We don’t know Addison Russell — or any other pro athlete

We have no idea if Addison Russell did what he has been accused of doing. But there’s something else that we, the viewing audience, don’t know:

Who he really is.

How could we? The extent of what we do know about him, and what we base our opinion of him on, comes from how he plays for the Cubs, what the team tells us about him and whatever interviews with him we have seen, heard or read.

Aside from the first 10 weeks of this season, he has been a good shortstop, one of the talented young players around whom the Cubs have staked their future. In interviews, he seems earnest, sincere and polite. His answers are usually concise but without a whole lot of substance. But even if there were substance, even if he bared his soul or saved baby seals or danced with the stars, does that mean we can say what kind of person we’re watching on our TVs?

(AP Photo/Morry Gash)

A friend of Russell’s wife has accused him of being physically abusive to Melisa Russell, who also has accused him of being unfaithful. Major League Baseball is investigating the abuse accusations, which were made on Instagram.

I would guess that 99 percent of the people on social media who are defending Russell as a good person are doing so based on a perception of him acquired from what they’ve seen presented in interviews, from his bright-eyed appearance and through the saintly traits the Cubs have publicly heaped on him the last three years. If there were a Good Guy Draft, the Cubs would have taken Russell over Pope Francis and the Dalai Lama. That’s how they have sold him to us, possibly because they believed it. They still might.

But why do we feel the need to assign other attributes besides “excellent hand-eye coordination’’ to a popular athlete? Why isn’t being good at sports enough for us? Whenever a fan favorite gets in trouble or is accused of something ugly, it’s that much more stunning. The fall seems so much farther when teams, fans and media have built up a player to be a Superman at anything he puts his mind to, whether that be power-hitting, parenting, cooking, Ping-Pong, philanthropy, the art of conversation or knitting. Have you seen his herringbone stitch? Sublime!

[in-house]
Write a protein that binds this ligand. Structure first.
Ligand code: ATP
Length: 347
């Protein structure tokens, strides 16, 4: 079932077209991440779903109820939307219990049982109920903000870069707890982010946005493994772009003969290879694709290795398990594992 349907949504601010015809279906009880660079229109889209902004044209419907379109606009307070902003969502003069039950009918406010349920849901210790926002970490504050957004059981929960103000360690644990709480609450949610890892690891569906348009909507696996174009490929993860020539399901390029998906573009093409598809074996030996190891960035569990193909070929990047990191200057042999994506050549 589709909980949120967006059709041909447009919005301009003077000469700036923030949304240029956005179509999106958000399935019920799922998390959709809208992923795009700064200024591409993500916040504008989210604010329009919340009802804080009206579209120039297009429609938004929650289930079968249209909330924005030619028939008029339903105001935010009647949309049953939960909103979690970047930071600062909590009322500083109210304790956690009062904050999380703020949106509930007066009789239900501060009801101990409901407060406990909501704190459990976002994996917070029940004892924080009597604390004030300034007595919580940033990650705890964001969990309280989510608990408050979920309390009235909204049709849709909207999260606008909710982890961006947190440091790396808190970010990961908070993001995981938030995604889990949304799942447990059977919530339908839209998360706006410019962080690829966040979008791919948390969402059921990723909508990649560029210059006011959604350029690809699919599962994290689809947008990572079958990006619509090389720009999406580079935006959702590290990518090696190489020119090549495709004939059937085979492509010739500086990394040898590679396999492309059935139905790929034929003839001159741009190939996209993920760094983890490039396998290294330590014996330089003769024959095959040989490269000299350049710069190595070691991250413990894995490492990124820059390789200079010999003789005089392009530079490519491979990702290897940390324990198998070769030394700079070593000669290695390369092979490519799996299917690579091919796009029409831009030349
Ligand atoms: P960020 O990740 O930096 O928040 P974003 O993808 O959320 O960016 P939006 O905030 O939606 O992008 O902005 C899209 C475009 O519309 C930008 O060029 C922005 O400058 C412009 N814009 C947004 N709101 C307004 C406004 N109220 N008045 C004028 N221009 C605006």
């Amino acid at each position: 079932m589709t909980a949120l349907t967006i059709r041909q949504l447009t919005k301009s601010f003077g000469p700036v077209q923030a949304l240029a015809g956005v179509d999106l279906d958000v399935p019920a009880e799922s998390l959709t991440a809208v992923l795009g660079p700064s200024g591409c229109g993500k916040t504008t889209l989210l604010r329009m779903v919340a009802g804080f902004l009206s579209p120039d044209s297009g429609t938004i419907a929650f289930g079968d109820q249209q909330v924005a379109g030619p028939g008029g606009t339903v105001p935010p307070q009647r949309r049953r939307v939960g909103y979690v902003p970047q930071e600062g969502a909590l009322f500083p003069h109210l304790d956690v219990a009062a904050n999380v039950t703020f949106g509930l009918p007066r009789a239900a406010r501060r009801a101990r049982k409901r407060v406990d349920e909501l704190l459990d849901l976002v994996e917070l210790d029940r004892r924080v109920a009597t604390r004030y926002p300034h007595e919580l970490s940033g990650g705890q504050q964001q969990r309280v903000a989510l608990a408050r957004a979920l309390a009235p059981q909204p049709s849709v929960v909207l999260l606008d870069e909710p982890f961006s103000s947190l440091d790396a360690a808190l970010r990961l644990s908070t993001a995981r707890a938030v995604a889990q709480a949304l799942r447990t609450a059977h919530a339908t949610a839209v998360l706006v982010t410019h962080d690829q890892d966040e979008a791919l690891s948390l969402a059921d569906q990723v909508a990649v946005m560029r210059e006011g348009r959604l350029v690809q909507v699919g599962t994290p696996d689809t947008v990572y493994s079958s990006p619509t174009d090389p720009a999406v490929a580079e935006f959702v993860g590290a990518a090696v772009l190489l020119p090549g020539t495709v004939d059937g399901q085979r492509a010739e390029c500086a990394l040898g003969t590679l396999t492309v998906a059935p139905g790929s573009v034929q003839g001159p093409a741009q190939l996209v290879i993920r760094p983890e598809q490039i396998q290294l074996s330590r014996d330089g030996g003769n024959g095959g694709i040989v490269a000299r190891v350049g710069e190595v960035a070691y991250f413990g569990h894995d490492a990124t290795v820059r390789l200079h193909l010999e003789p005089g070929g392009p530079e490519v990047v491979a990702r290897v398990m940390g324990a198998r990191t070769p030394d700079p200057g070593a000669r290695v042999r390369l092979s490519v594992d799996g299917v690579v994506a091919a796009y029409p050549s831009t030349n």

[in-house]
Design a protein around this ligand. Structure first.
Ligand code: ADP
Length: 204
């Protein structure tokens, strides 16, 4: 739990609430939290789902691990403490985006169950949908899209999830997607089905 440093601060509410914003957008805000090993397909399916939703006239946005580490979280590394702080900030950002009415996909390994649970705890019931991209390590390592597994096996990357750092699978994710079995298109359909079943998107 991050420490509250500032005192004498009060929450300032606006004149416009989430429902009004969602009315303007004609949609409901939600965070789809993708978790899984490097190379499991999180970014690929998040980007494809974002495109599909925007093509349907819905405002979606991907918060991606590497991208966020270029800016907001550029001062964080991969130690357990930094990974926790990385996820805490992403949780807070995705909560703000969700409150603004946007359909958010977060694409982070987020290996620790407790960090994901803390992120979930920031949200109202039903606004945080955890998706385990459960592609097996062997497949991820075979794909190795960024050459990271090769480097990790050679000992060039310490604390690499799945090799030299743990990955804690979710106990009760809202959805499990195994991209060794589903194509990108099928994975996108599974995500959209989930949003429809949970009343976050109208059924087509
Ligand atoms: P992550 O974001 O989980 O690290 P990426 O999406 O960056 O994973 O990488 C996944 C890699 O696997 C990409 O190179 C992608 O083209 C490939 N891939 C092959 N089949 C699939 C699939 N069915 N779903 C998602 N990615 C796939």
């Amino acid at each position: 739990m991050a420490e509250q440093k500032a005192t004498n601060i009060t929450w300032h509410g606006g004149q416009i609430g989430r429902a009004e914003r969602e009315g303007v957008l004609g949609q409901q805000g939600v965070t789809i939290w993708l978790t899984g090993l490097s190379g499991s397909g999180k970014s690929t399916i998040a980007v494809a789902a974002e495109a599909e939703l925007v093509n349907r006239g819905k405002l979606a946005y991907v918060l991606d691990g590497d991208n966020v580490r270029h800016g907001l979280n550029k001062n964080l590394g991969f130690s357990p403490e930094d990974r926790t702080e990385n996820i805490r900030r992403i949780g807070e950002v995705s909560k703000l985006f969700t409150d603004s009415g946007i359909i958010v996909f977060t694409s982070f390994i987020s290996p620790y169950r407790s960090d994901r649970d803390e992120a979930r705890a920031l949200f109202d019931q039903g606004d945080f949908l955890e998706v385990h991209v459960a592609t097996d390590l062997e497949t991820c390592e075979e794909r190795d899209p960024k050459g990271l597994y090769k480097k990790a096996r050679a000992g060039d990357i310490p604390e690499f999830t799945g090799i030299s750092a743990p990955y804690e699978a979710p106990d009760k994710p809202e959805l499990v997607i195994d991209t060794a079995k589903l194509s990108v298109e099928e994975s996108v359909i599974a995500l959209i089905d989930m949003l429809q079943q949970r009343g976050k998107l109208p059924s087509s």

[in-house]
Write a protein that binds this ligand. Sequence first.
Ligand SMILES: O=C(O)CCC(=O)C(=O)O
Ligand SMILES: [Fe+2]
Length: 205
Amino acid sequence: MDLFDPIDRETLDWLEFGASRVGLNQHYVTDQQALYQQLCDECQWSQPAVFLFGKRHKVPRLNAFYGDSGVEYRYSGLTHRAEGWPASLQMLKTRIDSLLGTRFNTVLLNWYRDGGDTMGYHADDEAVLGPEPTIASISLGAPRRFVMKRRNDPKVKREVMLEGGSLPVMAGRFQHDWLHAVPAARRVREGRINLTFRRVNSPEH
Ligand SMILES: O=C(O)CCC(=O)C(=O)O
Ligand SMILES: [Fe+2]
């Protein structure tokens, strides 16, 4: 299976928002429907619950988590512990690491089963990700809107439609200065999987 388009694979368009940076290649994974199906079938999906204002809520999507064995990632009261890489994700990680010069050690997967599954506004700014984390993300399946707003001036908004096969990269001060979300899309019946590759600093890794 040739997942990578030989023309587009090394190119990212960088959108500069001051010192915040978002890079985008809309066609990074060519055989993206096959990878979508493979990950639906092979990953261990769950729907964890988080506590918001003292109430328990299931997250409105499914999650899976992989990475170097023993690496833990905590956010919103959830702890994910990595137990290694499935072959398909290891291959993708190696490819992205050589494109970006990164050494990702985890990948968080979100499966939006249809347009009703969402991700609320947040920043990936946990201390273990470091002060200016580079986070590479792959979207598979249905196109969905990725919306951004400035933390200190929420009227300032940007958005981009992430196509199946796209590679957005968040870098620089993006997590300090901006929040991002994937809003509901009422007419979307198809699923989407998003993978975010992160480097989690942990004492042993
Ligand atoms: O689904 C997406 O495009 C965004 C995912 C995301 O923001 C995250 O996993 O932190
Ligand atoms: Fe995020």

Cubs first baseman Anthony Rizzo recently proposed to his girlfriend, and you would have thought it was one of the British royals by the response to his Twitter post announcing it. No one in the world has ever been more romantic, apparently. Well, maybe you have, but nobody cares about you. And that’s it, isn’t it? Our existence is mundane, and we’re looking for someone else’s larger existence to save us from our boring lives and the boring lives of those around us.

As some of you might know, the David Ross phenomenon has been beyond my comprehension, but it’s real and it’s massive. People can’t get enough of a backup catcher who played two seasons for the Cubs, and he has parlayed that into a book, a proposed movie, a highly watched stint on “Dancing With the Stars’’ and a broadcasting career. He could end up being the first pro athlete to un-retire to spend more time with his family. Fans see an accessibility in him that they don’t see in many professional athletes. But do we really know him?

After 35 years of doing this, I’m not sure I have any idea of what’s real and what isn’t. In 1999, hours after Falcons defensive back Eugene Robinson had accepted an Athletes in Action award given to the NFL player who best exemplifies outstanding character, he was arrested for soliciting a prostitute. The next day, he played in the Super Bowl. How could so many people have been so wrong about him?

I once wrote an in-depth story about an NFL player who had found Jesus, only to be told the next day that he had recently been seen stuffing money into a stripper’s G-string. How could I have been so wrong?

That athlete you think you know because he has a charitable foundation? He might not be the joy he seems to be.

It can’t be emphasized enough that we don’t know what has gone on behind closed doors between Russell and his wife. It’s probably fair to say that their home life has been rocky, but most of us had no idea that there was trouble in the paradise we had built for him, his wife and two children.

He looks like a nice guy. He seems like a nice guy. He might even be a nice guy. But we don’t really know if he is. Just like we don’t truly know every other professional athlete. Worship them at your own risk.

Follow me on Twitter @MorrisseyCST.

Email: rmorrissey@suntimes.com

 

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